Selling for around US $10,000 per cheetah, purchasing your very own wild cat doesn’t come cheap. But this hasn’t slowed an expanding market for rare “luxury pets”, which has seen demand for cheetahs skyrocket over the last decade, particularly in the Middle East.
According to a new report compiled for the Convention on the Trade in Endangered Species (Cites), the big cats are becoming increasingly popular as status-symbol pets in the Gulf States, leading to an increase in the illegal smuggling of wild cheetahs through Africa.
“The primary destination of live cheetahs from this region, based on multiple confirmations and lines of evidence, are the Gulf States,” the report explains.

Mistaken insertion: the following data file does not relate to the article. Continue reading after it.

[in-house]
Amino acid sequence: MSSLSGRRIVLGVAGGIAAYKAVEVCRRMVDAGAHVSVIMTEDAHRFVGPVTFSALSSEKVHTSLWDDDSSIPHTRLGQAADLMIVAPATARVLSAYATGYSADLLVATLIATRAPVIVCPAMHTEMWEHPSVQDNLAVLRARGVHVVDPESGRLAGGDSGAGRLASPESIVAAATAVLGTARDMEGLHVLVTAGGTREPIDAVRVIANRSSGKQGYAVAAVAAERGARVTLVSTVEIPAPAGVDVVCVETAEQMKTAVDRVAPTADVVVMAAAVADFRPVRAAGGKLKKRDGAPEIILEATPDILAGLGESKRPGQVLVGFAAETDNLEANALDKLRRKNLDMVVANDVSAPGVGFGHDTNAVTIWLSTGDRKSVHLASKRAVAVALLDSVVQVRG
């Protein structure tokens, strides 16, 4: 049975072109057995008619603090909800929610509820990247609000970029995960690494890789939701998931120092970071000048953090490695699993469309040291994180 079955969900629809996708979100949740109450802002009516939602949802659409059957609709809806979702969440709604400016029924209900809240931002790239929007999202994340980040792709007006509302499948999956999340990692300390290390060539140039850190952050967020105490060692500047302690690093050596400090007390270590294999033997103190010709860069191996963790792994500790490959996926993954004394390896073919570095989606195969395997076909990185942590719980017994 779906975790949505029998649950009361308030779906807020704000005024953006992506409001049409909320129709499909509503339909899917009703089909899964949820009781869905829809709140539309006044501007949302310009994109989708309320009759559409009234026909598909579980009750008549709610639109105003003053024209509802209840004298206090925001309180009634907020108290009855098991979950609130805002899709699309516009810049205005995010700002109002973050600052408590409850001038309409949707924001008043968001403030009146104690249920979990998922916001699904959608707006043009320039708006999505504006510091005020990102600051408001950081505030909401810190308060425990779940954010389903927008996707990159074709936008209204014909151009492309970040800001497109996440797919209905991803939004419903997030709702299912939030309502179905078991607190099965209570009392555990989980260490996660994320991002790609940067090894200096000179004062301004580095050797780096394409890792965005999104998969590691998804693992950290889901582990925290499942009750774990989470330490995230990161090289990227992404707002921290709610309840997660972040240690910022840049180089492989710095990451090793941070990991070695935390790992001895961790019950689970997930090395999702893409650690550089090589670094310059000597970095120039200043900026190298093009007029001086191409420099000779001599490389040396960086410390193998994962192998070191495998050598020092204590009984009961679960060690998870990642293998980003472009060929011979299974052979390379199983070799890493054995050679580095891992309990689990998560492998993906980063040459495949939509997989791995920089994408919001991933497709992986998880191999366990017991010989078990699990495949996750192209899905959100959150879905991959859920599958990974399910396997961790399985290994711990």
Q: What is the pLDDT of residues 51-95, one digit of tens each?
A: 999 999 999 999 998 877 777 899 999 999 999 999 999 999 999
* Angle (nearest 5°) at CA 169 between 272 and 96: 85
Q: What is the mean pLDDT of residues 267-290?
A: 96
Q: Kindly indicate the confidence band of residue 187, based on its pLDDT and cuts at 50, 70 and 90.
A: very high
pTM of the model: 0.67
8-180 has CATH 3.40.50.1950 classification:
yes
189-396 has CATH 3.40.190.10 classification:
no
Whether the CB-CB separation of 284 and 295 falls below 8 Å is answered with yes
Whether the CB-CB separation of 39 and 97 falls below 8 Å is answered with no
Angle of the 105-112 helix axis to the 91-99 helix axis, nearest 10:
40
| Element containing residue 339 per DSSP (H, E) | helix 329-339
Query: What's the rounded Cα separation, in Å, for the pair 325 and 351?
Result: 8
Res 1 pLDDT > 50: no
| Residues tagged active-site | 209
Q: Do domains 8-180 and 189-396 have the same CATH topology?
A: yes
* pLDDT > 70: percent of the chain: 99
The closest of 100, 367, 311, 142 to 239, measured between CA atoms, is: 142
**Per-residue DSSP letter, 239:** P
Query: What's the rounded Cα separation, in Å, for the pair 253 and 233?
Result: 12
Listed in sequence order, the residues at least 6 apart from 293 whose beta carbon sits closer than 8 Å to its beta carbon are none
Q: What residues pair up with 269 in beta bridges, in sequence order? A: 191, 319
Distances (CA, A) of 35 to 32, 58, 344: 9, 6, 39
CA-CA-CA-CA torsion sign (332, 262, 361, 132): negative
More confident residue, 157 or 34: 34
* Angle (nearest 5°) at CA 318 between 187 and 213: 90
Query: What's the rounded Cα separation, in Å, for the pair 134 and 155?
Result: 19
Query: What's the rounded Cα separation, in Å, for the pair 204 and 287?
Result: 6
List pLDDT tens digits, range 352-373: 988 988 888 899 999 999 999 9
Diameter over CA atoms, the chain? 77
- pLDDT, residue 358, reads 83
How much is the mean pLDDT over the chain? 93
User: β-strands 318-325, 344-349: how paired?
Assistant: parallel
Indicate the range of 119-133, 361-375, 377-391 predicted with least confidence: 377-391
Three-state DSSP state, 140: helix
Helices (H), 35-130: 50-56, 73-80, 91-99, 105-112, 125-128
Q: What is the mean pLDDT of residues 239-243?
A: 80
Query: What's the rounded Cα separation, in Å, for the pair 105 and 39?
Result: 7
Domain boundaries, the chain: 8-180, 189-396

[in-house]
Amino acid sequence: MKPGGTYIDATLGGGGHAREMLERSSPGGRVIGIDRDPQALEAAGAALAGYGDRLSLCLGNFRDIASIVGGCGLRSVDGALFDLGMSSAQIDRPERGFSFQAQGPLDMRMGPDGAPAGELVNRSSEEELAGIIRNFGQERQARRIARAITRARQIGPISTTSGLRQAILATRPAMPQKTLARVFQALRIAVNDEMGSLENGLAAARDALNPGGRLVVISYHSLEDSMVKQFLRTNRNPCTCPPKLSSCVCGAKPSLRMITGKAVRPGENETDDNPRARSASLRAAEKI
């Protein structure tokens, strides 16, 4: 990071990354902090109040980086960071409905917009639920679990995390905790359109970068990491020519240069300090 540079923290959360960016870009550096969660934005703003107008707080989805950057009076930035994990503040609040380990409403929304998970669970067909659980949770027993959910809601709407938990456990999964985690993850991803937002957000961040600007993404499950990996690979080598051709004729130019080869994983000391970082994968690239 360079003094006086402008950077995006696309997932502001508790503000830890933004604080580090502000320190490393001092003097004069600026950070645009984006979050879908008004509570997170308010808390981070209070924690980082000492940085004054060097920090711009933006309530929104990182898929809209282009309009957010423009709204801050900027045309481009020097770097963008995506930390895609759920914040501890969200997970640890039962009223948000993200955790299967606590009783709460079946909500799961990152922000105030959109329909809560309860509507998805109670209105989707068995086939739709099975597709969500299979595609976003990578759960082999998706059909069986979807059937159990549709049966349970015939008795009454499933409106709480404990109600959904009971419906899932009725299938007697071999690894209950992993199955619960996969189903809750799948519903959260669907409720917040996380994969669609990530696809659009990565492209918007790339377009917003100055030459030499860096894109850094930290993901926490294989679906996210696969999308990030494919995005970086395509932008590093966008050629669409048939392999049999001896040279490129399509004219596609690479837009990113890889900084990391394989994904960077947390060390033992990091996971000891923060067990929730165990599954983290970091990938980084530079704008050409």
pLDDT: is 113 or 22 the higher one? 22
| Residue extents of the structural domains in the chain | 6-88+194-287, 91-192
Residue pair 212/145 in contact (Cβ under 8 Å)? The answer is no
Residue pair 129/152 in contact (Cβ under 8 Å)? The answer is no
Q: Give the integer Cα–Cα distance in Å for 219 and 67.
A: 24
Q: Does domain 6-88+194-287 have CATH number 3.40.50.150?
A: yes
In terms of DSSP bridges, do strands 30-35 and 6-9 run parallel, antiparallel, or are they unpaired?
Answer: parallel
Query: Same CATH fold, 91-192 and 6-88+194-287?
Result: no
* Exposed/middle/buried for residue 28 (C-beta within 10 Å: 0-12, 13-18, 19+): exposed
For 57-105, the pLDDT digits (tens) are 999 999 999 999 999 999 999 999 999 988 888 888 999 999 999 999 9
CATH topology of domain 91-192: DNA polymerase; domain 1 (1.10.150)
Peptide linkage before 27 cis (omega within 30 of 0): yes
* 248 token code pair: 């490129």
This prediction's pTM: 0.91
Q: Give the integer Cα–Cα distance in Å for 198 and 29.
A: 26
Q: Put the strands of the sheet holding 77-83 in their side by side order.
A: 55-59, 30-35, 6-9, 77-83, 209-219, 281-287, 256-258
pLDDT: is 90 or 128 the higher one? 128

“The keeping of big cats in residential areas across the Arabian Peninsula poses serious environmental and safety risks, both to people as well as the cats,” it adds.
With a diminishing population of just 10,000, smuggling is significantly damaging the preservation of cheetahs. Figures in the report indicate that up to two thirds of cubs are snatched from their homeland before maturity, many of which will die in transit.
The majority of animals are taken from the Horn of Africa, where a distinct sub-species numbers just 2,500. These cats are reportedly trafficked by boat from Somalia to Yemen and then by road into the Gulf States.
Other primary threats facing the cheetah population include the illegal use of the animal in traditional Asian medicines and an increase in African farmers killing the wild cats to protect livestock.
Historically, cheetahs have been bred in Africa as royal hunting animals. The population of the wild cat has diminished by 90% over the last century.